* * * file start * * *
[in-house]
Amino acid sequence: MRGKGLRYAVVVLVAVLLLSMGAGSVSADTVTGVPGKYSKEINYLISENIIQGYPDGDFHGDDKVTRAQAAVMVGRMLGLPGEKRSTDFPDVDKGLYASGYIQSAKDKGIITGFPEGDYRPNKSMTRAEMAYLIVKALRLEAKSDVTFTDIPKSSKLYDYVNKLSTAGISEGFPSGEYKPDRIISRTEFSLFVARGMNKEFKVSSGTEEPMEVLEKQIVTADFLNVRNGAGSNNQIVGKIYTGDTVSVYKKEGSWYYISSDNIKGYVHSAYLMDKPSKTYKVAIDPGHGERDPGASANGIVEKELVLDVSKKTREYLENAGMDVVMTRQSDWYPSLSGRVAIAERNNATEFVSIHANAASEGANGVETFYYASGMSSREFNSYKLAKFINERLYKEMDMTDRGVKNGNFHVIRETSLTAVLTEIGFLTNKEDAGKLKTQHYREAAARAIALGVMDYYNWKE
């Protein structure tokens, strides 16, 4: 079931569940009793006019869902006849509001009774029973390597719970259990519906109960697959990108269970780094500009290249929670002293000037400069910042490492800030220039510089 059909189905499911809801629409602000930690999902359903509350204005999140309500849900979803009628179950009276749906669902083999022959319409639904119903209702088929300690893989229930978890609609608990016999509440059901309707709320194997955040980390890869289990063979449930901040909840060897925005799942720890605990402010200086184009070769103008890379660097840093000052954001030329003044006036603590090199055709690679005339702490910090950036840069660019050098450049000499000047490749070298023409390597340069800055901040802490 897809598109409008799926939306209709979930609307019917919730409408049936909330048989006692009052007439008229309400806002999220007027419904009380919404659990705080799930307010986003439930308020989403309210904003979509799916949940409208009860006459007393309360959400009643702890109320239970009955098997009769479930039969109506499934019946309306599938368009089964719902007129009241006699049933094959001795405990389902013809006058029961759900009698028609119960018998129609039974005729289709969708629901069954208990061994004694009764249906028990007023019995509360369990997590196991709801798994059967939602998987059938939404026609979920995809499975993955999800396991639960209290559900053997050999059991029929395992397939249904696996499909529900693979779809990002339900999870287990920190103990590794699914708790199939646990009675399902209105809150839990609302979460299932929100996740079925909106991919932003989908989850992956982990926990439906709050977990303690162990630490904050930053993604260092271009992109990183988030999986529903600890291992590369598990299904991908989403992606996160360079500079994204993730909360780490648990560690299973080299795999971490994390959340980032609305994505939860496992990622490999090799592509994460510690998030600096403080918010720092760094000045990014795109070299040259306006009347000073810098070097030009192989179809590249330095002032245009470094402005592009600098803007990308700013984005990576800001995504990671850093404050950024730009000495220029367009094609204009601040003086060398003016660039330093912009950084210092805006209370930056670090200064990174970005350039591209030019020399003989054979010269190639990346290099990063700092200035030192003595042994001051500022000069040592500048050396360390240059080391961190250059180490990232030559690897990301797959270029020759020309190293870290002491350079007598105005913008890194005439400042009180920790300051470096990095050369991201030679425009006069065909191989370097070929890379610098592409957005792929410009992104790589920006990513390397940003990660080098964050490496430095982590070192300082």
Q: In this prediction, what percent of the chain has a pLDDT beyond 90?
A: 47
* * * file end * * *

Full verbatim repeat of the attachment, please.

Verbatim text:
[in-house]
Amino acid sequence: MRGKGLRYAVVVLVAVLLLSMGAGSVSADTVTGVPGKYSKEINYLISENIIQGYPDGDFHGDDKVTRAQAAVMVGRMLGLPGEKRSTDFPDVDKGLYASGYIQSAKDKGIITGFPEGDYRPNKSMTRAEMAYLIVKALRLEAKSDVTFTDIPKSSKLYDYVNKLSTAGISEGFPSGEYKPDRIISRTEFSLFVARGMNKEFKVSSGTEEPMEVLEKQIVTADFLNVRNGAGSNNQIVGKIYTGDTVSVYKKEGSWYYISSDNIKGYVHSAYLMDKPSKTYKVAIDPGHGERDPGASANGIVEKELVLDVSKKTREYLENAGMDVVMTRQSDWYPSLSGRVAIAERNNATEFVSIHANAASEGANGVETFYYASGMSSREFNSYKLAKFINERLYKEMDMTDRGVKNGNFHVIRETSLTAVLTEIGFLTNKEDAGKLKTQHYREAAARAIALGVMDYYNWKE
């Protein structure tokens, strides 16, 4: 079931569940009793006019869902006849509001009774029973390597719970259990519906109960697959990108269970780094500009290249929670002293000037400069910042490492800030220039510089 059909189905499911809801629409602000930690999902359903509350204005999140309500849900979803009628179950009276749906669902083999022959319409639904119903209702088929300690893989229930978890609609608990016999509440059901309707709320194997955040980390890869289990063979449930901040909840060897925005799942720890605990402010200086184009070769103008890379660097840093000052954001030329003044006036603590090199055709690679005339702490910090950036840069660019050098450049000499000047490749070298023409390597340069800055901040802490 897809598109409008799926939306209709979930609307019917919730409408049936909330048989006692009052007439008229309400806002999220007027419904009380919404659990705080799930307010986003439930308020989403309210904003979509799916949940409208009860006459007393309360959400009643702890109320239970009955098997009769479930039969109506499934019946309306599938368009089964719902007129009241006699049933094959001795405990389902013809006058029961759900009698028609119960018998129609039974005729289709969708629901069954208990061994004694009764249906028990007023019995509360369990997590196991709801798994059967939602998987059938939404026609979920995809499975993955999800396991639960209290559900053997050999059991029929395992397939249904696996499909529900693979779809990002339900999870287990920190103990590794699914708790199939646990009675399902209105809150839990609302979460299932929100996740079925909106991919932003989908989850992956982990926990439906709050977990303690162990630490904050930053993604260092271009992109990183988030999986529903600890291992590369598990299904991908989403992606996160360079500079994204993730909360780490648990560690299973080299795999971490994390959340980032609305994505939860496992990622490999090799592509994460510690998030600096403080918010720092760094000045990014795109070299040259306006009347000073810098070097030009192989179809590249330095002032245009470094402005592009600098803007990308700013984005990576800001995504990671850093404050950024730009000495220029367009094609204009601040003086060398003016660039330093912009950084210092805006209370930056670090200064990174970005350039591209030019020399003989054979010269190639990346290099990063700092200035030192003595042994001051500022000069040592500048050396360390240059080391961190250059180490990232030559690897990301797959270029020759020309190293870290002491350079007598105005913008890194005439400042009180920790300051470096990095050369991201030679425009006069065909191989370097070929890379610098592409957005792929410009992104790589920006990513390397940003990660080098964050490496430095982590070192300082």
Q: In this prediction, what percent of the chain has a pLDDT beyond 90?
A: 47